BRONWYN MILLS is the author of Beastly’s Tale (a novel) and Night of the Luna Moths (poetry); her education, an MFA from UMass, Amherst, a Ph.D. from NYU. Mentored by James Tate, Samuel Delany, Kamau Brathwaite, and Ngugi wa Thiong’o she was an Anais Nin Fellow and Fulbright Fellow (La République du Bénin, West Africa) she has lived in Paris, France, New York City, Istanbul, Turkey; Cotonou, Bénin, and Latin America and taught Caribbean literature, African literature, and writing in Istanbul, Bénin, and just outside New York City. Formerly a dance and theatre writer in New England, Bronwyn is a founding co-editor for Cable Street and a Senior Prose Editor for Tupelo Quarterly.Guest-editor for the Turkish issue of Absinthe; New European Writing (#19), her current projects include By the Spoonmaker’s Tomb, a collection of vignettes from her time in Istanbul and the newly finished Canary Club, a novel set in medieval Spain. Most recently, Agni Online has published an excerpt from Spoonmaker. She has also published work on African vodou. More of her work can be found at bronwynmills.org/. Bronwyn now lives and writes in a tiny mountain village far, far away.
CHRISTOPHER SAWYER-LAUÇANNO, whose memoir we continue to serialize, is the author of more than two dozen books including biographies of Paul Bowles, E.E. Cummings, and a group portrait of American writers in Paris 1944-1960, The Continual Pilgrimage. For Cable Street (formerly Witty Partition), he translated Salvador Dalí’s prose poem, “San Sebastien,” and several other works. Book translations include work by Paul Eluard, Rafael Alberti, Panaït Istrati, García Lorca, Isidore Ducasse (Comte de Lautreamont as well as the Mayan Books of Chilam Balam. The inaugural issue of Wet Cement Magazine has new work by the author: www.wetcementpress.com/wcpmag. Night Suite, his newest book of poems, was just published by Talisman House. Other books include, Dix méditations sur quelques mots d’Antonin Artaud, translated by Patricia Pruitt (Paris: Alyscamps, 2018), Remission (Talisman House, 2016), and Mussoorie-Montague Miscellany (Talisman House, 2014). He has written librettos for Thomas Adès (America: A Prophecy Part I), Faber Music/Warner Classics CD, 2011, and for Andrey Kasparaov (Lorca: An Operatic Cycle in Five Acts. Alyscamps, 2022). Until retiring he taught writing at MIT for over a quarter-century. He lives in Turners Falls, Massachusetts. Many of his books are on Amazon and Bookshop.org.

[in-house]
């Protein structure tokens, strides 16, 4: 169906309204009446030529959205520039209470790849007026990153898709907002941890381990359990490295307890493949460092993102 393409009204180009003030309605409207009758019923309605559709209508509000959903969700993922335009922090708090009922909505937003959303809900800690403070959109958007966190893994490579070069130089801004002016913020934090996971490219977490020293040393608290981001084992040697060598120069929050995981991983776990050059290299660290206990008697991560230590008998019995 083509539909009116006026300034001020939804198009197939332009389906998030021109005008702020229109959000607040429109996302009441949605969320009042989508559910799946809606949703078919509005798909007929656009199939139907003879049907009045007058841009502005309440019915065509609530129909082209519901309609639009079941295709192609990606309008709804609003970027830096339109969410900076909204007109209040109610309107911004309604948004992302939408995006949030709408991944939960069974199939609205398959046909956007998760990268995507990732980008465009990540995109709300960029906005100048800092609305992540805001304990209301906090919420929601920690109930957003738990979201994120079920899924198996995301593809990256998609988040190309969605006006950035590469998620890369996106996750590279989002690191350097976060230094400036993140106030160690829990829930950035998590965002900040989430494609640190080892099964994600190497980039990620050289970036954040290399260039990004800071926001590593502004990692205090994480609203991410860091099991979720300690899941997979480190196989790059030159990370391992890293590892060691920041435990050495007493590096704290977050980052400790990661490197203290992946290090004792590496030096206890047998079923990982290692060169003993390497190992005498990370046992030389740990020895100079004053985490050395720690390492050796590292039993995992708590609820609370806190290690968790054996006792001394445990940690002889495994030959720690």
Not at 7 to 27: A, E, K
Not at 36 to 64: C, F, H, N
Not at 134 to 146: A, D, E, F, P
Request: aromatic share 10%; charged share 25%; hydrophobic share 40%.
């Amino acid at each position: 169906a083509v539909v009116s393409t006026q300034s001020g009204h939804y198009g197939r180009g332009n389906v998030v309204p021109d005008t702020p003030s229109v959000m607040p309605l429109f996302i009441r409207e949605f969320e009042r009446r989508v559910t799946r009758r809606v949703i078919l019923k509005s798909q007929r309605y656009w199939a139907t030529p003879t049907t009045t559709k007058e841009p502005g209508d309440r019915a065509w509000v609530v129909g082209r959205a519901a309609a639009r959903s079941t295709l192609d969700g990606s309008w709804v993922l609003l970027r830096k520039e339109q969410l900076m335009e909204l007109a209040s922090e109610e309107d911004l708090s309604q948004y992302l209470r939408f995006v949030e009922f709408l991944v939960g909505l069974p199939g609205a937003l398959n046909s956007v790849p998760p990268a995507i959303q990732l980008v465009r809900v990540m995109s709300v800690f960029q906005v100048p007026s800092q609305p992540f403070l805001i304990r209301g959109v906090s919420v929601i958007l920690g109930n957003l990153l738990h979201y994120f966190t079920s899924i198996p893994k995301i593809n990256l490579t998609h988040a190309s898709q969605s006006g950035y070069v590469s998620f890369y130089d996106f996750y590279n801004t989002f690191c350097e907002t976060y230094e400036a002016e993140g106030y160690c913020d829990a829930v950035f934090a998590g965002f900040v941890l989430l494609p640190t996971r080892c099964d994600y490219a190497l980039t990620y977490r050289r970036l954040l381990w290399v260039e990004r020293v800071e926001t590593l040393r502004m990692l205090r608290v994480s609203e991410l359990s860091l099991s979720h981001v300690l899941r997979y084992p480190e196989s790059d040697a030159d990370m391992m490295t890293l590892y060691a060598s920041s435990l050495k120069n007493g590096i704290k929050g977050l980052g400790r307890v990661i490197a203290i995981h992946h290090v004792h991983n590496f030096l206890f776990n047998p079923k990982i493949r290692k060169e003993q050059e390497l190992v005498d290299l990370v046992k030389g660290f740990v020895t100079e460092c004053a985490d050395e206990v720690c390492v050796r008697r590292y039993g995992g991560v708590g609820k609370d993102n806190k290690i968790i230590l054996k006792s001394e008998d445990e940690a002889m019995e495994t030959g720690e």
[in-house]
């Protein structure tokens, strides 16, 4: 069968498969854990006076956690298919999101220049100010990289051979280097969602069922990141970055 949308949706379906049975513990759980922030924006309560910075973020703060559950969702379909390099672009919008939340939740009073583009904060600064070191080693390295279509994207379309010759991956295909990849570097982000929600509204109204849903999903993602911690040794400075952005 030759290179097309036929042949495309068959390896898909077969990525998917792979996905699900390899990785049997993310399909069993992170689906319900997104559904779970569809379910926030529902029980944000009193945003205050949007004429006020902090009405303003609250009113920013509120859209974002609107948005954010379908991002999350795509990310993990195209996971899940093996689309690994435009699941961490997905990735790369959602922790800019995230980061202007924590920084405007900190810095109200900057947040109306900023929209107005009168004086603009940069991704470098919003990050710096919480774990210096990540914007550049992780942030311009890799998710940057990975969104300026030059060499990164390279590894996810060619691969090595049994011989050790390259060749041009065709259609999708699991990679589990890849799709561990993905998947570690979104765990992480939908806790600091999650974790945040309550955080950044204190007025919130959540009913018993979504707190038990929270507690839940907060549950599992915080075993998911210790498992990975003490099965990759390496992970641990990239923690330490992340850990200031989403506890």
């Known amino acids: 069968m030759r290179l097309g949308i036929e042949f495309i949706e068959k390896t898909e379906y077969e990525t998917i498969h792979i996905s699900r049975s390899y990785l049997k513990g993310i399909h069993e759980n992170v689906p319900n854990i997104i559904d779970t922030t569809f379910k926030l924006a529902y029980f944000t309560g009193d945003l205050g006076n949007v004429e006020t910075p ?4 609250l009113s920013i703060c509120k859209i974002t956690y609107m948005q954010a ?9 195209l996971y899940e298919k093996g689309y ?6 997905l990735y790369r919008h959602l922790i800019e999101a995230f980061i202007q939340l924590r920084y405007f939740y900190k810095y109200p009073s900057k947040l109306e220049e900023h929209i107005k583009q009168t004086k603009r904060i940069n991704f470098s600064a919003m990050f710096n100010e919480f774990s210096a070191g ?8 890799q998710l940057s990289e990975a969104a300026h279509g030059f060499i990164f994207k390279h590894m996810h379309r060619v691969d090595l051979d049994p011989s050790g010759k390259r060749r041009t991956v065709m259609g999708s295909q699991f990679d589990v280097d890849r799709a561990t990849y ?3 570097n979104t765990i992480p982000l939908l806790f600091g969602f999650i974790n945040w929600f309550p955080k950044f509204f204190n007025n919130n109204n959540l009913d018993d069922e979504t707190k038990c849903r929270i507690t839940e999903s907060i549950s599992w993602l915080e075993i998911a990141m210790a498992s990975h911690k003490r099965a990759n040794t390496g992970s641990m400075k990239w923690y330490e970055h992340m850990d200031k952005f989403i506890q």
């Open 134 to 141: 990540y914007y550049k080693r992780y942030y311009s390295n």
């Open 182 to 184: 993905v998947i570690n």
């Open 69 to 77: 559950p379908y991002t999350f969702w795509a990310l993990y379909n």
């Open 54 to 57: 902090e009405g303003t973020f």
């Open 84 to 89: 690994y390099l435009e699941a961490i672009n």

JAN SCHMIDT has had fiction published in Anti-Heroin Chic, The Wall, Tupelo Quarterly, The Long Story, IKON and New York Stories. In Downtown she published a series of oral history interviews with hard-core, risky individuals and their brushes with salvation. Her short story collection Everything I Need and Other New York Stories was a semi-finalist for the Eludia Award from Hidden River Arts, 2021. Her unpublished novel Sunlight Underground was a finalist for the Novel Slices Award, 2021. Till 2015, she held the position of Curator of the Jerome Robbins Dance Division of The New York Public Library for the Performing Arts at Lincoln Center. Some of her published writing can be seen on her website contactprod.com/janschmidt.